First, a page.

The moderators received very positive feedback from the participants to the youth session: they expressed that it was important and refreshing to have the youth involved significantly in the summit. The youth session felt like a “breath of fresh air after a long day” for the youth presence and the chance to contribute and participate in a more interactive session.

She also realized that some older people do have youth perspectives and young and fresh ideas. Older people seemed to benefit from the youth session by being pushed to have fresh perspectives and adapt their speech instead of using jargon.

One moderator learned a lot through interacting with participants and particularly young people in Indonesia. It helped her reflect what she learned from her readings into the “real world” and understand that things are more complex than they may seem put back into concrete context, with stakeholders fighting for their own interests.

The moderators also learned from observing the management of logistics of the session and the way to connect youth with organizations like CIFOR and big occasions like the summit. It was interesting to see how a big organization like CIFOR welcomed the youth – how such an institution can provide room to the youth.

Knowledge is Power!

One of the moderators particularly got hooked by the social media training. She now sees the value of twitter and learned how to use it effectively. She used Facebook for keeping informed in the past – she now understand that Facebook is more for socializing, while twitter serves the purpose of getting informed and inform. This mean will help her reach out people interested in forestry and update them, while she will keep using Facebook to stay connected with her friends.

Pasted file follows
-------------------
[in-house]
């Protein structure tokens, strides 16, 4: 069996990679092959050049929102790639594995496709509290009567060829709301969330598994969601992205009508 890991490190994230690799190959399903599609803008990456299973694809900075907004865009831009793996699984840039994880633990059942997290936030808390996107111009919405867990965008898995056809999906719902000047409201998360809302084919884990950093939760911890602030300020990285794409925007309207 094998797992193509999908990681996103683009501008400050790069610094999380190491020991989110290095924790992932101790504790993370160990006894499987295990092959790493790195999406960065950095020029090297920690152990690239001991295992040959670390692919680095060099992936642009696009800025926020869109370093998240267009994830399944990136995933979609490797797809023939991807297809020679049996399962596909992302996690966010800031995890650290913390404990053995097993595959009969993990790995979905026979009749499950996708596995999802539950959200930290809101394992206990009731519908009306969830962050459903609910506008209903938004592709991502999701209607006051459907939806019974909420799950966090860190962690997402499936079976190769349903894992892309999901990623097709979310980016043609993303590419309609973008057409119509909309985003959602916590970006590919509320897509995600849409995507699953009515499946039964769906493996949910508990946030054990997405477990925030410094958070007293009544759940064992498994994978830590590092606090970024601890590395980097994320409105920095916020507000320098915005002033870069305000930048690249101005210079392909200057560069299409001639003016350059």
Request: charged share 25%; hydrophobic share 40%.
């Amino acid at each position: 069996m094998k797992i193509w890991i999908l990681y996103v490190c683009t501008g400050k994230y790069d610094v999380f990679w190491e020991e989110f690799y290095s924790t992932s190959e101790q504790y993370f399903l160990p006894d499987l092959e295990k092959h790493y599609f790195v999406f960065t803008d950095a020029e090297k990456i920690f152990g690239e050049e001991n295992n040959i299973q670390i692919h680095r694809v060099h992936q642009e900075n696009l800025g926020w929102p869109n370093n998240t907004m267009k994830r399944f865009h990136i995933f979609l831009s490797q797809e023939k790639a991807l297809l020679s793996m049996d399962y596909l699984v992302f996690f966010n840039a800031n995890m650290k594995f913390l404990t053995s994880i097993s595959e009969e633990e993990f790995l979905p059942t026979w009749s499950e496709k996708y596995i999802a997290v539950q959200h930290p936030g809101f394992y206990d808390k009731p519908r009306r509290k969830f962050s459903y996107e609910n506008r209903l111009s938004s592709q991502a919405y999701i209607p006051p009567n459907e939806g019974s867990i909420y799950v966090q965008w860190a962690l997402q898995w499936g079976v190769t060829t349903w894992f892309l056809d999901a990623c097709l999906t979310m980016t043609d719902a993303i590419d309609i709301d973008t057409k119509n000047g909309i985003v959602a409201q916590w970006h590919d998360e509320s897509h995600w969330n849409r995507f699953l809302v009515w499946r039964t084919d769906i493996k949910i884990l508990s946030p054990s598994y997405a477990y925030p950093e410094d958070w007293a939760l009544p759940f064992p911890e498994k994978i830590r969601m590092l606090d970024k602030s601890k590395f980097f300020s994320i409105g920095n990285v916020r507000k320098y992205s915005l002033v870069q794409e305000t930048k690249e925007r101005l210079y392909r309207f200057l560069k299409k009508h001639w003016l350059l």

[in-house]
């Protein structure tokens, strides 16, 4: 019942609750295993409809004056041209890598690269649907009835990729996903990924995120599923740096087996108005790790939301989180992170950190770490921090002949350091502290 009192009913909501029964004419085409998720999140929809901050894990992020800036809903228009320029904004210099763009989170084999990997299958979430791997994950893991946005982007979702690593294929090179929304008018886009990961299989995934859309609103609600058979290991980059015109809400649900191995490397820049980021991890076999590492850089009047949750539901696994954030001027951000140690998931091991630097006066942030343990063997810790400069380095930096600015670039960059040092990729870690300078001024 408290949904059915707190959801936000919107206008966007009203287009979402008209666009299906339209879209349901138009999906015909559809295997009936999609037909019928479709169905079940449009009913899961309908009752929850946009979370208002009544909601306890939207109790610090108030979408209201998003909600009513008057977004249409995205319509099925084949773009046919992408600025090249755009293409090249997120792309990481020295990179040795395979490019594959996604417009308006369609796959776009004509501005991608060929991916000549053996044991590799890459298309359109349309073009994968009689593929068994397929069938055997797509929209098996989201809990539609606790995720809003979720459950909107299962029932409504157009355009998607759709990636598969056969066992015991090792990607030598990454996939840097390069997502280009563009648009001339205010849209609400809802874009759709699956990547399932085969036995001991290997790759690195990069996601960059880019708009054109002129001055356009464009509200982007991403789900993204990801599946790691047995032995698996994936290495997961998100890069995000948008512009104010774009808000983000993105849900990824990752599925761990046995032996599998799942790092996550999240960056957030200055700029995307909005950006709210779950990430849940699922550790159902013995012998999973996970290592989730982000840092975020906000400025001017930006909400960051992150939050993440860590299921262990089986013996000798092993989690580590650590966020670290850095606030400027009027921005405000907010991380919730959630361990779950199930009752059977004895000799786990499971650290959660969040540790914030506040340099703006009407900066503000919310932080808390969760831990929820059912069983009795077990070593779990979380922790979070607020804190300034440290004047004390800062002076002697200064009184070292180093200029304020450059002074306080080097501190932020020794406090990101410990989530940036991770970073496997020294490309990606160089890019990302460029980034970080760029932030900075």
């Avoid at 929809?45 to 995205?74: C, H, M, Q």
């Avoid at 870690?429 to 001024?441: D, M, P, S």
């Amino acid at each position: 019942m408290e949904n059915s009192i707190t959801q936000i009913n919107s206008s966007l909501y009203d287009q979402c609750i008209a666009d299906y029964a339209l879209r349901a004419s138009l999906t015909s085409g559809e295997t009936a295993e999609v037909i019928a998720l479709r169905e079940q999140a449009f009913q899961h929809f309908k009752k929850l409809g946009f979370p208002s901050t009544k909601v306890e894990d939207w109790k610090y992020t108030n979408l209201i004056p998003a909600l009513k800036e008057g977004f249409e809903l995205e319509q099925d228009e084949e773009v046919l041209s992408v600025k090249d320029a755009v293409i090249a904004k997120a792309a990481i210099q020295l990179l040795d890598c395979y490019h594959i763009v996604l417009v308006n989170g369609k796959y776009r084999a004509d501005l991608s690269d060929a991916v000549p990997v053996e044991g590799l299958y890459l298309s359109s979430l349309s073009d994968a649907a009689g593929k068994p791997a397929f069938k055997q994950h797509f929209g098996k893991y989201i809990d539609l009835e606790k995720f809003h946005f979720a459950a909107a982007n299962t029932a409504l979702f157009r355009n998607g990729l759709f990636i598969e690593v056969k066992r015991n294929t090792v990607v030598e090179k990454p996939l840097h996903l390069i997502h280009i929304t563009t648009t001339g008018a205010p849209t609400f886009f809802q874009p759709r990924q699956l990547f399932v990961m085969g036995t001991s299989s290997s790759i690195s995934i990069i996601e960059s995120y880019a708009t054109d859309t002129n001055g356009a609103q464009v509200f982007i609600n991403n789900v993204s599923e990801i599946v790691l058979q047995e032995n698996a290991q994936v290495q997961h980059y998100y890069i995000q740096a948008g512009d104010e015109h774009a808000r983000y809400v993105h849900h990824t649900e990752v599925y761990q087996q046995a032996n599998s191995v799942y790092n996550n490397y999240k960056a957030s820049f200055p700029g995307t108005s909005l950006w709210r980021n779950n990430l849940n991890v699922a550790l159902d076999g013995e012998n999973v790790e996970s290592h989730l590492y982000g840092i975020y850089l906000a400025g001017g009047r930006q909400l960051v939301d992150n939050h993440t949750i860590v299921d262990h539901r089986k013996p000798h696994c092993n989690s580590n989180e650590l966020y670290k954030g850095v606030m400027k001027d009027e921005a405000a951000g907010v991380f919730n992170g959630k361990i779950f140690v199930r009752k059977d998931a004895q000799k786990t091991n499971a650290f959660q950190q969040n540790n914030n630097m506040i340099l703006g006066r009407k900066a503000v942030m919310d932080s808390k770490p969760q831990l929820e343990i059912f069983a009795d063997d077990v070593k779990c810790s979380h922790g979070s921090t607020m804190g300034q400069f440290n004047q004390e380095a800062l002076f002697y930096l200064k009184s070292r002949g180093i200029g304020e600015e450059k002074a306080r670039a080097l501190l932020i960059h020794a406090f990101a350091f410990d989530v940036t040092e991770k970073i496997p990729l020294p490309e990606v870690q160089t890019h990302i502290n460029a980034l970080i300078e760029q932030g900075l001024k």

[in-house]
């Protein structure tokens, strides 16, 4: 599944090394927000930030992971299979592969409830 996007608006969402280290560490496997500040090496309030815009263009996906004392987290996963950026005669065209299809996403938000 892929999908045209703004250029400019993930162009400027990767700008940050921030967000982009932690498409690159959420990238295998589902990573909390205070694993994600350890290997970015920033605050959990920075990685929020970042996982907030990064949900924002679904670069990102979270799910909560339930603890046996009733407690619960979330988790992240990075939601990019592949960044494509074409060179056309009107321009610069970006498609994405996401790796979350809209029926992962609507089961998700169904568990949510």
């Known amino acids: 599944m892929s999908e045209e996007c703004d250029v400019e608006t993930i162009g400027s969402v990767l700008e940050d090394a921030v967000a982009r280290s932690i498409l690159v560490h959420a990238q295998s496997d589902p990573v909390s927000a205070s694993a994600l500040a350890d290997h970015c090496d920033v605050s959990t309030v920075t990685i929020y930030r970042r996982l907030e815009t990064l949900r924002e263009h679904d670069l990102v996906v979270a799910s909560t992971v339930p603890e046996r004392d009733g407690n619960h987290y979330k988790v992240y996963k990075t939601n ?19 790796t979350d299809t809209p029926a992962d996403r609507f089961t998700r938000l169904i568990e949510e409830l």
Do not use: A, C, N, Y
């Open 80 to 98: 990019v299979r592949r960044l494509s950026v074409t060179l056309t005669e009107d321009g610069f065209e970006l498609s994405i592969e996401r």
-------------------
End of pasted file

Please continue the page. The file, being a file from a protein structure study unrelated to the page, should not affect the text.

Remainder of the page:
Some young moderators were amazed to see how social media empowered young people. The training and the practice was engaging and useful. “I have never learned so much in my Life” one student in medicine said. The fact of interviewing summit’s participants was also a rewarding experience for the proximity it creates with all levels participants. Also, it is powerful to see that we have the means to share information in our own languages through social media.

What Next?

We shall follow-up on the achievements and recommendations of the youth session in order to ensure the implementation of these at different level: from participant’s level, moderator’s level, CIFOR, YPARD, IFSA’s level and bring them further to other organizations. Also, we want to carry on implementing youth session in the future, with a strong mentoring component, and integrate young people into conferences’ core sessions as panellists.

It is also the starting point of strengthening our networks in South Asia through the key young individuals met at the summit. We linked up with youth of the region from the Philippines, Singapore, Indonesia and Australia, and beyond the forestry sector.

Notably, young Indonesian people who attended the youth session expressed that it was unclear to them how the recommendations would be brought forward. We need to share with them the outcomes and show how this will be used and engage them within the process.

By being empowered Today, the current generation of Youth will realize the importance of giving a voice to the youth, and as adults, they will be cautious of giving more importance to young people in the future; Yi Ying believes.  What do you think?

Missed the Youth Session? Here is the webstream of the #ForestsAsia Youth session!

Also, read what youth’s moderators say after Forests Asia online.

Watch Sarah Dickson-Hoyle, IFSA (co-organizer of the youth session) bringing the youth recommendations at the ForestsAsia Summit’s closing session, at 53.55 mins.

Click here to read Forests Asia Summit youth session's final report.

The youth session's team at ForestsAsia

Pictures credit: CIFOR - some rights reserved